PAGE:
Hurricane Categories & Associated Storm Surges
Source: National Weather Center and WFTS

Hurricanes are Categorized from 1 to 5 according to what is known as the Saffir-Simpson Scale.

Category 1
Hurricane has a central barometric pressure of 28.94 inches or more and winds of 74 to 95 mph. The storm is accompanied by a 4 to 5 foot storm surge and causes minimal damage

Category 2
Pressure 28.5 inches to 28.93 inches, winds from 96 mph to 110 mph, storm surge 6 to 8 feet, damage moderate.

Category 3
Pressure 27.91 inches to 28.49 inches, winds from 111 mph to 130 mph,
storm surge 9 to 12 feet, damage extensive.

Category 4
Pressure 27.17 inches to 27.90 inches, winds from 131 mph to 155 mph,
storm surge 13 feet to 18 feet, damage extreme.

Category 5
Pressure less than 27.17 inches, winds greater than 155 mph, storm surge higher than 18 feet. Damage Catastrophic.


Storm surge is the combination of a bubble of ocean water raised above the mean water surface by low pressure contained within the eye and a delicate balance the wind pressure that counters the force gravity applied to a wall of moving water. As the wind speeds vary, the height of the wall of water increases or disperses over open water. Momentum would not be a factor as the wind force providing the push decreases dissipation storm surge off to the sides of the hurricane would occur.

Storm tide is the combined factors of surge and the level of the tide at the hurricane's landfall.


(Courtesy NOAA/Neal Dorst)

Mechanics of the Storm Surge

At least five processes can be involved in altering tide levels during storms. These include the pressure effect, the direct wind effect, the effect of the earth's rotation, the effect of waves, and the rainfall effect (Harris, 1963). The pressure effects of a tropical cyclone will cause the water level in the open ocean to rise in regions of low pressure and fall in regions of high pressure. Wind stresses cause a phenomenon referred to as "wind set-up", which is the tendency for water levels to increase at the downwind shore, and to decrease at the upwind shore. This effect is inversely proportional to depth (Harris, 1963). Wind set-up on an open coast will be driven into bays in the same way as the astronomical tide.

Surge and wave heights on shore are affected by the configuration and bathymetry of the ocean bottom. A narrow shelf, or one that drops steeply from the shoreline and subsequently produces deep water in close proximity to the shoreline tends to produce a lower surge, yet a higher and more powerful wave. This situation is seen along the southeast coast of Florida. The edge of the Floridan Plateau, where the water depths equal 91 meters (300 feet), lies just 3 km off shore of Palm Beach, Florida; just 7 km off shore, the depth plunges to over 180 meters (Lane, 1980).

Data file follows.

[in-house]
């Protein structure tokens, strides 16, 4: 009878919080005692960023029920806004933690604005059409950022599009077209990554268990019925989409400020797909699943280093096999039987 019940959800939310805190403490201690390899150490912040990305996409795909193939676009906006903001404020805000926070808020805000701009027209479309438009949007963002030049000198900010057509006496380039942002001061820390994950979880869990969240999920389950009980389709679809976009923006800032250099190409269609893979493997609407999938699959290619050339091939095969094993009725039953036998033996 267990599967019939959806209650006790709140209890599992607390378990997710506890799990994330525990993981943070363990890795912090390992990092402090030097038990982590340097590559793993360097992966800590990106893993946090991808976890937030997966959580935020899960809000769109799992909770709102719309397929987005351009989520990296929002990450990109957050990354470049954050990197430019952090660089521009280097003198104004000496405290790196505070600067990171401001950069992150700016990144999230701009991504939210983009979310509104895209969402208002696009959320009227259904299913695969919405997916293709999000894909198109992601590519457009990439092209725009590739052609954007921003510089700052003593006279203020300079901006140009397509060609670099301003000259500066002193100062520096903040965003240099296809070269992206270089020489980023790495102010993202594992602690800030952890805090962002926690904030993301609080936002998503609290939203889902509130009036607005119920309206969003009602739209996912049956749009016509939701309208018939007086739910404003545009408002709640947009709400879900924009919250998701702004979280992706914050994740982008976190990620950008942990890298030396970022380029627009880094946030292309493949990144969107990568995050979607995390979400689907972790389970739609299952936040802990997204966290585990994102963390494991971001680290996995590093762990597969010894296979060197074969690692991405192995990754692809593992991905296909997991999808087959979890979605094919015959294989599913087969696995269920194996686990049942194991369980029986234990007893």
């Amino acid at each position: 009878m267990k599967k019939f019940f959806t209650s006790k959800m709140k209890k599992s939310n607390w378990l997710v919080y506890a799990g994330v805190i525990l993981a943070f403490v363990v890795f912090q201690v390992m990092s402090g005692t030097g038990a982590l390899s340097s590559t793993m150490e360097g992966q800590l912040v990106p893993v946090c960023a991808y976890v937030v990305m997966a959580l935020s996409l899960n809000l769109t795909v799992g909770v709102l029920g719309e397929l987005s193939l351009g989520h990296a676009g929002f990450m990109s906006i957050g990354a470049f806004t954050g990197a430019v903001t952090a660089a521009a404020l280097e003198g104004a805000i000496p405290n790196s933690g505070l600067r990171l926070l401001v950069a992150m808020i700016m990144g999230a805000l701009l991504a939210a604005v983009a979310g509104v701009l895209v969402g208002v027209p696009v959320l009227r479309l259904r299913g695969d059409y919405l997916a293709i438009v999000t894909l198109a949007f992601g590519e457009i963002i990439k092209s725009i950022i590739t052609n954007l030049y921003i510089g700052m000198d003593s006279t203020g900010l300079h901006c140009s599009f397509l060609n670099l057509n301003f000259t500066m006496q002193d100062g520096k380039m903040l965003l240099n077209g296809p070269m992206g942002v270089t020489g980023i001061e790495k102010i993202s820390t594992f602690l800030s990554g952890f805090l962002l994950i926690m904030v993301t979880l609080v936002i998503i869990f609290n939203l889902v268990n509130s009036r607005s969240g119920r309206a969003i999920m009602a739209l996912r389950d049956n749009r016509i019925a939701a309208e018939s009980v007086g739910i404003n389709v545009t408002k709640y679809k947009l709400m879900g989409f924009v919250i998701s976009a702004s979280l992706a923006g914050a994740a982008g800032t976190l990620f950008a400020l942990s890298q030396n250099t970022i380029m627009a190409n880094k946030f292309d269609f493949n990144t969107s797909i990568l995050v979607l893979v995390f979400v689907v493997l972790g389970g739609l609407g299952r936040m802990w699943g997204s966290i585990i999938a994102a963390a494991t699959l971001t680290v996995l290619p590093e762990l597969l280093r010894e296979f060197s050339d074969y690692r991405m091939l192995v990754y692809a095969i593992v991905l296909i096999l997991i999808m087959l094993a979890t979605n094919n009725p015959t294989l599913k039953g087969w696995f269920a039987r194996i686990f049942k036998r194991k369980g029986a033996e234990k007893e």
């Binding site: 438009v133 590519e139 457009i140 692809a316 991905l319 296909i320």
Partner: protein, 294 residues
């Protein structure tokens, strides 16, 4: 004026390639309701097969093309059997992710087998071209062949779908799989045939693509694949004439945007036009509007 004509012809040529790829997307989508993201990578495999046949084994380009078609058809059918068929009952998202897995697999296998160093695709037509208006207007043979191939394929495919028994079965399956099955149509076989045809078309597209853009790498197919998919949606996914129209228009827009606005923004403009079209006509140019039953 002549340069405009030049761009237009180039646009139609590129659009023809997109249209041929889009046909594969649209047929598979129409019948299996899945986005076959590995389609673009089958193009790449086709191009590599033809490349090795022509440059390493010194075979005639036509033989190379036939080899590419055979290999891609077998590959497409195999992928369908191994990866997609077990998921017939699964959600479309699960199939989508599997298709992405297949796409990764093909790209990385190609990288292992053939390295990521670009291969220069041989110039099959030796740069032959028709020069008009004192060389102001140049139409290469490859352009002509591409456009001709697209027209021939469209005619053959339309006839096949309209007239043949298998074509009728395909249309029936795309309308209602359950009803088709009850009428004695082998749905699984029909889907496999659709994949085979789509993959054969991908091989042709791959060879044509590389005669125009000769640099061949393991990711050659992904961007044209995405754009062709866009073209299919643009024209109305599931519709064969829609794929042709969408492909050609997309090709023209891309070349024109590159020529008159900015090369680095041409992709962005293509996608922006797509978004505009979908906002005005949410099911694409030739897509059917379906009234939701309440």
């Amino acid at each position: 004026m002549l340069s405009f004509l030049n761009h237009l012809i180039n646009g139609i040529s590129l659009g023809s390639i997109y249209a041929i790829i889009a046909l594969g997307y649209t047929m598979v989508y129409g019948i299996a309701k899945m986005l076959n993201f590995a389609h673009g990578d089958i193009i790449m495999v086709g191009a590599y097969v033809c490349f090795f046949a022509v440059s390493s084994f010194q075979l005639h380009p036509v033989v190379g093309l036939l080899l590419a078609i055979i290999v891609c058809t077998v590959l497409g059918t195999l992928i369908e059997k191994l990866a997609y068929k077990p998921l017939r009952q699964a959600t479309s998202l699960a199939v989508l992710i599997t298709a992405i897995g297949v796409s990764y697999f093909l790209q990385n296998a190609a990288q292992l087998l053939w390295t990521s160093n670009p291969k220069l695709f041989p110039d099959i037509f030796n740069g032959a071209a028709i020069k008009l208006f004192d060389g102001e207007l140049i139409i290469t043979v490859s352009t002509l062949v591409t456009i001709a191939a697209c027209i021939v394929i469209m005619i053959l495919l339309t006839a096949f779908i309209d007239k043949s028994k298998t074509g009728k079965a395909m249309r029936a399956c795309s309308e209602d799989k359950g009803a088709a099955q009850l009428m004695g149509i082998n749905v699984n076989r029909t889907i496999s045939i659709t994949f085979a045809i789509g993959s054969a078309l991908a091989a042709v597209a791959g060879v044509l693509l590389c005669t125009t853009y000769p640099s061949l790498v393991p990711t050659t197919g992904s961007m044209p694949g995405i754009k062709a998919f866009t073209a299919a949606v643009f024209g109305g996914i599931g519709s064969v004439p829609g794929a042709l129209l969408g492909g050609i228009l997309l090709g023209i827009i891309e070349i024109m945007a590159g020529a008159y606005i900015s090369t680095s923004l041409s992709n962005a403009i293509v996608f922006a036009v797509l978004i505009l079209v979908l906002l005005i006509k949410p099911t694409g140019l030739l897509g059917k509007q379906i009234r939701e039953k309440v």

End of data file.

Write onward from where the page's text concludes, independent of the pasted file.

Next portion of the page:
Conversely, coastlines such as those along Florida's Gulf coast and the Florida Keys have long, gently sloping shelves and shallow water depths. The 180 meter (600-foot) depth contour followed southward from Palm Beach County lies more than 30 km to the east of the upper Keys. On the Gulf side of Florida, the edge of the Floridan Plateau (91 meter depth) lies more than 160 km offshore of Marco Island in Collier County. Florida Bay, lying between the Florida Keys and the mainland, is very shallow; depths typically vary between 0.3 and 2 meters (Lane, 1981). These areas are subject to higher storm surge, but smaller waves.

This difference is because in deeper water, a surge can be dispersed down and away from the hurricane. However, upon entering the shallow, gently sloping shelf, the surge can not be dispersed away, but is driven ashore by the wind stresses of the hurricane. Topography of the land surface is an important element in storm surge extent. Areas such as those seen in southern Florida where the land lies less than a few meters above sea level are at particular risk from storm surge inundation.

Courtesy of Wikipedia